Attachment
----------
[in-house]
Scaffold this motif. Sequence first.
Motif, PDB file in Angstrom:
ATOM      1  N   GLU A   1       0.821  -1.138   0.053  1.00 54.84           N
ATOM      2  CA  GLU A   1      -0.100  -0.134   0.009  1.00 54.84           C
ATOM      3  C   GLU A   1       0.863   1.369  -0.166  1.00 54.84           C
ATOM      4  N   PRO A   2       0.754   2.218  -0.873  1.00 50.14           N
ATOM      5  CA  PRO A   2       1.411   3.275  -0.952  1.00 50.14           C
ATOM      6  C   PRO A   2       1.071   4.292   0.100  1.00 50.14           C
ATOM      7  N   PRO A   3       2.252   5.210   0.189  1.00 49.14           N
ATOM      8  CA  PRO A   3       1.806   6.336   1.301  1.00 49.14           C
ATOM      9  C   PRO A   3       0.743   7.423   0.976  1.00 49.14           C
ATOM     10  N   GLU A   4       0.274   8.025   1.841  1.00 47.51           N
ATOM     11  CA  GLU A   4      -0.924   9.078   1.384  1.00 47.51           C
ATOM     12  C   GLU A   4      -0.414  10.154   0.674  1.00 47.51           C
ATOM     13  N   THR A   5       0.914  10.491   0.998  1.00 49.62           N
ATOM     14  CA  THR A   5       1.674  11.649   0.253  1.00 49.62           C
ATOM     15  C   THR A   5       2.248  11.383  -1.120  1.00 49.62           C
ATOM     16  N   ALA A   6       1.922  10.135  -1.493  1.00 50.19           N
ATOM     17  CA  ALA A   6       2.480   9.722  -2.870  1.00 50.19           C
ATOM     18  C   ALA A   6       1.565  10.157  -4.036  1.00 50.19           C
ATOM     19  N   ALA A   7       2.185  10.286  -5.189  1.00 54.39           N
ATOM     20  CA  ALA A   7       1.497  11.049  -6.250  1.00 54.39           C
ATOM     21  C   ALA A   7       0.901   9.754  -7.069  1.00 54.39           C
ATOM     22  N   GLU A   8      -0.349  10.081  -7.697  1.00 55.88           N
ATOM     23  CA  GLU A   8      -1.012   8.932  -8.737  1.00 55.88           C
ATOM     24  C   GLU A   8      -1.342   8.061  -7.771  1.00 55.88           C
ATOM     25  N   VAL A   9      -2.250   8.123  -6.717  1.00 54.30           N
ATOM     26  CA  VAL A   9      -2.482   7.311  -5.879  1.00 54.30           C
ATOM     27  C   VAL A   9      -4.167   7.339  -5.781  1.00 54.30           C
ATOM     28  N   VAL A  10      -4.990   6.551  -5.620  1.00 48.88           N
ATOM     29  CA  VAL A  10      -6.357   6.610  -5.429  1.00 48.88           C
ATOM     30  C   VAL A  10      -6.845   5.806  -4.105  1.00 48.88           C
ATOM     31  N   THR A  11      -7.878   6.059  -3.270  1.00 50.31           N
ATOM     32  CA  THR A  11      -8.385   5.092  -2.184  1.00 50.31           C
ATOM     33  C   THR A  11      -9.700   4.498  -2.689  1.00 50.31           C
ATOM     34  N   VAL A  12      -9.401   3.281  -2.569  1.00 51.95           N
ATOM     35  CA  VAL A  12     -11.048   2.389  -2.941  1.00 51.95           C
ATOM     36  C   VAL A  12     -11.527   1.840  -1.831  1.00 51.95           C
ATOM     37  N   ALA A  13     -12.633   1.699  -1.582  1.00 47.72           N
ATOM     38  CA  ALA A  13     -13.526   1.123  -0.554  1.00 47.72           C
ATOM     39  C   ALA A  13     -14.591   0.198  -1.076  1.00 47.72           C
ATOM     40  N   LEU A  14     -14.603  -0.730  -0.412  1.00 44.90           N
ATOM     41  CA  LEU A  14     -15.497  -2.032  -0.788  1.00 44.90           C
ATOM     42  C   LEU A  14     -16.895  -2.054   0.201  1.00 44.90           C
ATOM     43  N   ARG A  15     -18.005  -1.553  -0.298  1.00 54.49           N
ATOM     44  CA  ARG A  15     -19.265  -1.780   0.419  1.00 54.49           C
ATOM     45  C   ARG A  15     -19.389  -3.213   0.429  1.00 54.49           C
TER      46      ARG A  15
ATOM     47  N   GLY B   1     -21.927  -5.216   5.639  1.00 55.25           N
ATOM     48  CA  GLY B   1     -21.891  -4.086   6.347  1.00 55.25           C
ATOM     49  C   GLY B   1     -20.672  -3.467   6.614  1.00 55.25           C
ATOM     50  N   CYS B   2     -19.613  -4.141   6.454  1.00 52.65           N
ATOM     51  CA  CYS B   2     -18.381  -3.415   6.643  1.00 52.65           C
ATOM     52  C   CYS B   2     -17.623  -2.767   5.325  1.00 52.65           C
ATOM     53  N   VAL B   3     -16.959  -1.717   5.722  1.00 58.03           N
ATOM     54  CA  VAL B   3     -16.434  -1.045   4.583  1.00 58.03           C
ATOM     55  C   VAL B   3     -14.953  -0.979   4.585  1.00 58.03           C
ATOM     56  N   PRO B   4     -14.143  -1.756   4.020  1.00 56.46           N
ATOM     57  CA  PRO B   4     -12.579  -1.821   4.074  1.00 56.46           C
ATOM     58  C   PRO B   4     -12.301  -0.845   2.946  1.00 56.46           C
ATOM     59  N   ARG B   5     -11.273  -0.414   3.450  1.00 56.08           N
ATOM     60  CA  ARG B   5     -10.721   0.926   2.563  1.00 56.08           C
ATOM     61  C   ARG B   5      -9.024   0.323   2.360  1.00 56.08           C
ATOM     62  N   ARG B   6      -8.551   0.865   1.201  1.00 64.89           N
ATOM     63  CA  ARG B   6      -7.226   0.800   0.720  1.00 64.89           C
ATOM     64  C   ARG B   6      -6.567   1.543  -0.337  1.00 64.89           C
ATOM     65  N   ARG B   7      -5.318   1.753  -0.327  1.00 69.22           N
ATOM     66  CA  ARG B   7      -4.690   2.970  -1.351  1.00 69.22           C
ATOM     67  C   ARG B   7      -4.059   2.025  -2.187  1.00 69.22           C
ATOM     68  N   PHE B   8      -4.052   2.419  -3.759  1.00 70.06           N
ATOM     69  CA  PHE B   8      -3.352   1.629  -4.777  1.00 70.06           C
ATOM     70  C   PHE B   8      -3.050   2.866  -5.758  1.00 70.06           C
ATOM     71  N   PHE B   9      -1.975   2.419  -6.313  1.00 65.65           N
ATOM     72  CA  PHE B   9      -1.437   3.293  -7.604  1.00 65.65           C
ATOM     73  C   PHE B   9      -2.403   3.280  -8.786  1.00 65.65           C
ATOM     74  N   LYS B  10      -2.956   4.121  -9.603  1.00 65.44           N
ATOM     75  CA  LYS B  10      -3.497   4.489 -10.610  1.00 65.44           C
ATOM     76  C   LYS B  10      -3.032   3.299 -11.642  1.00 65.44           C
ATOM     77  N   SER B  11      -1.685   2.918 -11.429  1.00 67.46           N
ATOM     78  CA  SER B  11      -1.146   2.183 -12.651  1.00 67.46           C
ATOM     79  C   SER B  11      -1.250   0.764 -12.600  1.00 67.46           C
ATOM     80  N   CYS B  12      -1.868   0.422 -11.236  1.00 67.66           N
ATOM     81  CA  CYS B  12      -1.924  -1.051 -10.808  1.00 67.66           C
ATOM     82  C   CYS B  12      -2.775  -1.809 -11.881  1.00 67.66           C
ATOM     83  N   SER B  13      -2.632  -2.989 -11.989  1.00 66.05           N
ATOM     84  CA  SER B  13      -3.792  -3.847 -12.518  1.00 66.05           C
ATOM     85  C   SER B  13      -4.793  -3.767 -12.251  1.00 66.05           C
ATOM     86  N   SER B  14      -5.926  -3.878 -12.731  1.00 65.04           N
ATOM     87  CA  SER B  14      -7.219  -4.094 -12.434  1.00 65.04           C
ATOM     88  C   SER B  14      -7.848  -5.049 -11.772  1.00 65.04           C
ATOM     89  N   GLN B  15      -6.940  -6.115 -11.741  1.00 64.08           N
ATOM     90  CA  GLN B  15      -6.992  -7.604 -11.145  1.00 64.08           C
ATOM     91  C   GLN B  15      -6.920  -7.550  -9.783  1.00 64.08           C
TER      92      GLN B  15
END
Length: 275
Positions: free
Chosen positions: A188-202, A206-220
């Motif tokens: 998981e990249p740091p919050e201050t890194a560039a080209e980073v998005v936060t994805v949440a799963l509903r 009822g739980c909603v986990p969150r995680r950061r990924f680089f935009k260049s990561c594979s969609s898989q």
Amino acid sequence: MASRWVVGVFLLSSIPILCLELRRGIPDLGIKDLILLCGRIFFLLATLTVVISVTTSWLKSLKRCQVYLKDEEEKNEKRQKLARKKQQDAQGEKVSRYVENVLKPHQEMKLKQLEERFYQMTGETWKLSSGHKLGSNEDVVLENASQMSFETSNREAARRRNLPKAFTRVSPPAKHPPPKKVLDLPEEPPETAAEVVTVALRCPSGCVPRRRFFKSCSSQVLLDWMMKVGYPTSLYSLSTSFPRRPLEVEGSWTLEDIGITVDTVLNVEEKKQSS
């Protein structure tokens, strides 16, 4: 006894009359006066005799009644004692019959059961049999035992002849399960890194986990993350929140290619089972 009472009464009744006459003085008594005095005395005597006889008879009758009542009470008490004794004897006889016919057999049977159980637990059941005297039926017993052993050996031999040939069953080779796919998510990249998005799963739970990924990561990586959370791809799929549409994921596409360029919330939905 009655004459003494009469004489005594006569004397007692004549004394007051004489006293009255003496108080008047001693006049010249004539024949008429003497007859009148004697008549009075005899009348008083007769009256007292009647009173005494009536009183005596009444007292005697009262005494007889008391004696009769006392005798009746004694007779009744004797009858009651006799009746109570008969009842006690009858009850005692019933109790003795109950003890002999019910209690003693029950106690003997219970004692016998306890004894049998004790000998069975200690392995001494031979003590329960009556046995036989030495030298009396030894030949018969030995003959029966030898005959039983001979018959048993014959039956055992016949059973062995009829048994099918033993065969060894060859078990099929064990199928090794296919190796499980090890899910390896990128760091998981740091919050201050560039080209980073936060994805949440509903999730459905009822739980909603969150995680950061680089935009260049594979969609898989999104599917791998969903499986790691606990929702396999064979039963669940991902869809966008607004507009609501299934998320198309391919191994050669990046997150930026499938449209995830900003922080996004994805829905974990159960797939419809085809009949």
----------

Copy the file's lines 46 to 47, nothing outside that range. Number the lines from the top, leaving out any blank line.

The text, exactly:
ATOM     43  N   ARG A  15     -18.005  -1.553  -0.298  1.00 54.49           N
ATOM     44  CA  ARG A  15     -19.265  -1.780   0.419  1.00 54.49           C